However, in all these other epistles only grace and peace appear, without the word, “mercy.”  It is only in these letters to Timothythat “mercy” is used (here;  II Tim. 11:2; Titus 1:4).  The three-fold invocation comprehends all the blessings which come to us through the Gospel.

GRACE: (Grk.–charis)“Grace” was the normal greeting among Greeks“Grace to you.”  

Grace is the unmerited and unmeritable favor and gift of God.  In this Greek word there are three dominant ideas:
1.   In classical Greek:  The word means outward grace or favor, beauty, sweetness.  It is usually applied to persons, but not necessarily always.  Our English word “charm” comes nearer to expressing its meaning.
In the N.T. there is always the idea of sheer generosity. 

        Something unearned and undeserved.
       a.        Grace is in opposition to that which is a debt. 
                  Paul says that if it is a case of earning things, the reward is not a matter of grace; rather it is a matter of debt.
        b.       Is in opposition to works.

3.     In the N.T. there is always presented the idea of universality.
        Repeatedly Paul uses the word “grace” in connection with the reception of Gentiles into the family of God.
       a.     God for the grace given to the Corinthians in Christ Jesus (I Cor.     1:4).
        b.     Churches of Macedonia (II Cor. 8:1).
        c.     Galatians being called into the grace of Christ (Gal. 1:6).
        d.     Grace of God that made Paul the Apostle to the Gentiles (I Cor.            15:10).

          MERCY: (Grk.–eleos)Mercy springs from that grace; pardoning, purifying, and supporting.  The Hebrew equivalent of this Greek word eleos is checedh, the word that in the O.T. is most often translated as “loving-kindness.”  Checedh is used in the Psalms no fewer than 127 times.  And many times it has with it the meaning of “help in a time of need.”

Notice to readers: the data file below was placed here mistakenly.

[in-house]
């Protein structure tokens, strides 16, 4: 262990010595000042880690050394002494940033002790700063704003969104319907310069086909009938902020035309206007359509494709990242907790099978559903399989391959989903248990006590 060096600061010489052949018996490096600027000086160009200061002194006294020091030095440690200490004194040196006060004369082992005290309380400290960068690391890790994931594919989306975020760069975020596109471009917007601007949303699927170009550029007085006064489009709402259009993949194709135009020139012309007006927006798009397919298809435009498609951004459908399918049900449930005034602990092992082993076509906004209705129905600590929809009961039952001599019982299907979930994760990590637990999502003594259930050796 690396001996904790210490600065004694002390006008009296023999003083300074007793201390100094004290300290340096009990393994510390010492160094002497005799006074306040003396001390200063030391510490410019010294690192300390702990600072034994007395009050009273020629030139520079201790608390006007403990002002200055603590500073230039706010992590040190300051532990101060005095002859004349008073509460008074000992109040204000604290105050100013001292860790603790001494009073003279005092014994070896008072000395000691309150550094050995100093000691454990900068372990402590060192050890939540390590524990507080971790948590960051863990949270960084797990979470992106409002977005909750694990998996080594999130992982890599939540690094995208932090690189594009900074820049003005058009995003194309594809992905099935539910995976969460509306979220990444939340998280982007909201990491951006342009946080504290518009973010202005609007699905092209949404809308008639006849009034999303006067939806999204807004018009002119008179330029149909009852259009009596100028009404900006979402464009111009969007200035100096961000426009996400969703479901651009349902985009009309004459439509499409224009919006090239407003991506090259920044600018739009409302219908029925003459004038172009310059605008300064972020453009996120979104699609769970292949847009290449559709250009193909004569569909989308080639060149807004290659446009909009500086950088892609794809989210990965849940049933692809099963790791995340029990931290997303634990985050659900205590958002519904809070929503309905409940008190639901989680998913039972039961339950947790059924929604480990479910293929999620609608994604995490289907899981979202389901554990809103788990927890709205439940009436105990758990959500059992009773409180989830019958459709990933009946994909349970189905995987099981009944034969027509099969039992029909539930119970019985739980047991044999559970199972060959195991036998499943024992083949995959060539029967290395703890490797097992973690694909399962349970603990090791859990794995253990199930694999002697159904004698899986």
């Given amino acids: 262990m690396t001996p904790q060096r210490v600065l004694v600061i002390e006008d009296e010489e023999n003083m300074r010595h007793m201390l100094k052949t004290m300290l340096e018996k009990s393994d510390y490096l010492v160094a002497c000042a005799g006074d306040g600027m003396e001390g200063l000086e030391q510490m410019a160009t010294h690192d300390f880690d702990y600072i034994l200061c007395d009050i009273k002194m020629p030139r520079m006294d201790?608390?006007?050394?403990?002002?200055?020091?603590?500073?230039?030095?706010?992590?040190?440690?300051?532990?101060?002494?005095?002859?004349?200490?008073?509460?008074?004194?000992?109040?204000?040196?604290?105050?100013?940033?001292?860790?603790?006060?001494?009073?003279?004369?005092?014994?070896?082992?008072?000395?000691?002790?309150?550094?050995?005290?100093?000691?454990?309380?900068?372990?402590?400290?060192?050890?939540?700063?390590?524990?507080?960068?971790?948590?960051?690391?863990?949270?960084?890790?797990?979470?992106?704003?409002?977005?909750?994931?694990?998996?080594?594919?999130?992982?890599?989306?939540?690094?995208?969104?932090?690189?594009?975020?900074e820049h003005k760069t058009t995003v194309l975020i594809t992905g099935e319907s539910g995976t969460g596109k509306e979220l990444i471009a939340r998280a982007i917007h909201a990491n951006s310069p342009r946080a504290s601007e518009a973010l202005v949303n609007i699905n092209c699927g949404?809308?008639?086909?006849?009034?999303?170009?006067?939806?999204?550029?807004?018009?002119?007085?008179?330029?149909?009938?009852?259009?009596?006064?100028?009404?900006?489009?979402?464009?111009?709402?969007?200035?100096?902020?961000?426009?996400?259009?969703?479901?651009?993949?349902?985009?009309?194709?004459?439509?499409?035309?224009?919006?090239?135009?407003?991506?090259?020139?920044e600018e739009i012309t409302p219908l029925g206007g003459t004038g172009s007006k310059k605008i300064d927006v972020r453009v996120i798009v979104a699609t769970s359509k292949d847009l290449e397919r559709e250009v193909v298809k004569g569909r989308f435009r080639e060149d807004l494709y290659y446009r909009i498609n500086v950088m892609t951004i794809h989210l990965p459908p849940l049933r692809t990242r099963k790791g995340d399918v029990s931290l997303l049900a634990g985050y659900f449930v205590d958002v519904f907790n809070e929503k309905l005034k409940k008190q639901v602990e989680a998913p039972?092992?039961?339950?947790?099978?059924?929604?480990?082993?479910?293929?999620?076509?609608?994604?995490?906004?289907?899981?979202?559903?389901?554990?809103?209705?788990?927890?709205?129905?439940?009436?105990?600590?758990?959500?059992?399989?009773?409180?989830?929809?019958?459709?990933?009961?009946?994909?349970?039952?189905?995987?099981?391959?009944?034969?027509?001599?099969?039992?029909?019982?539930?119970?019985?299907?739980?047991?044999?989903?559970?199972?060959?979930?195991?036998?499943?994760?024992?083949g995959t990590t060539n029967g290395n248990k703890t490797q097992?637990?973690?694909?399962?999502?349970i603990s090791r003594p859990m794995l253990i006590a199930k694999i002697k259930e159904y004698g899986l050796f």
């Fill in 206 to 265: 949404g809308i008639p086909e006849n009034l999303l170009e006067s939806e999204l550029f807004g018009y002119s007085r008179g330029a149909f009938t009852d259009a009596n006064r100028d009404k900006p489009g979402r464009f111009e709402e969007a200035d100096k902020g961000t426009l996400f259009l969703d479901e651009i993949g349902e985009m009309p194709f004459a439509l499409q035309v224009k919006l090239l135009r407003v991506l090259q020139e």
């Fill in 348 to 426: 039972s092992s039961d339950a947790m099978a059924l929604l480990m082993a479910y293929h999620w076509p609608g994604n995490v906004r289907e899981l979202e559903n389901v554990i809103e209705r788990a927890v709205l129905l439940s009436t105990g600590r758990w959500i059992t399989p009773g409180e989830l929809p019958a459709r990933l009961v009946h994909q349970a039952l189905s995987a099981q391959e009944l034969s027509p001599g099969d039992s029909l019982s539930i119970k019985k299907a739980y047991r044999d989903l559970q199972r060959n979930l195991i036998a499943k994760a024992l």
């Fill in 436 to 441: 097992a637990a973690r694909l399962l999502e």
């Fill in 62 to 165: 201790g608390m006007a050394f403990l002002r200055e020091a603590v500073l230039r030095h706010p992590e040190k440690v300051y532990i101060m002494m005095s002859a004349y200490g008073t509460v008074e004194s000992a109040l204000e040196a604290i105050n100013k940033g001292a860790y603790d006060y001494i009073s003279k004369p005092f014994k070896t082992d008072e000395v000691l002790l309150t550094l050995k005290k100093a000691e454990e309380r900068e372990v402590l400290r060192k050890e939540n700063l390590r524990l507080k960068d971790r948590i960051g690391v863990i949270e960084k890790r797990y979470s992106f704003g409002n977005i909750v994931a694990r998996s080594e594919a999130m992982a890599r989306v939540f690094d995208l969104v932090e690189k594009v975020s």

Mercy’ is grace of a more tender kind, exercised towards the miserable, the experience of which in one's own case especially fits for the Gospel Ministry. Paul did not use ‘mercy’ as to the churches, because “mercy” in all its fullness already existed towards them; but in the case of an individual minister, fresh measures of it were continually needed. ‘Grace’ has reference to the sins of men; “mercy” to their misery. God extends His grace to men as they are guilty; His ‘mercy’ to them as they are miserable.”–James-Faucett-Brown Commentary.

          PEACE:  (Grk.–eriênê) or (Heb.–shalom), is the normal greeting between Jews.  This is the consequence of this mercy displayed: peace of conscience, and peace with God; producing internal happiness, quietness, and assurance. It expresses the thought of “the most complete form of well-being.”

“from God our Father”
Literally:  “from God the Father of us”–Who is the Source of all fatherhood (Eph. 3:15).  As members of the family of God we can confidently look up to the Father for all our needs.

“It is by God’s abundant mercy that He has given us the living hope of the resurrection (I Pet. 1:3).  The Gentiles should glorify God for that mercy which has rescued them from sin and hopelessness (Rom. 15:9).  God’s mercy is God active to save.  It may well be that Paul added ‘Mercy’ to his two words of blessing because Timothy was up against it and wanted in one word to tell him that the Most High was the help of the helpless.”William Barclay

“and Jesus Christ our Lord.”
Literally:  “and our Lord Jesus Christ”–In the Pastoral Epistles
“Christ” is often put before “Jesus” to give prominence to the fact that the Messianic promises of the O.T., well known to Timothy (II Tim. 3:15), were fulfilled in Jesus. 

While we gratefully worship God as our Father, we also bow before Christ Jesus as “our Lord.”  To acknowledge Him as “Lord” is to own and obey His authority over us.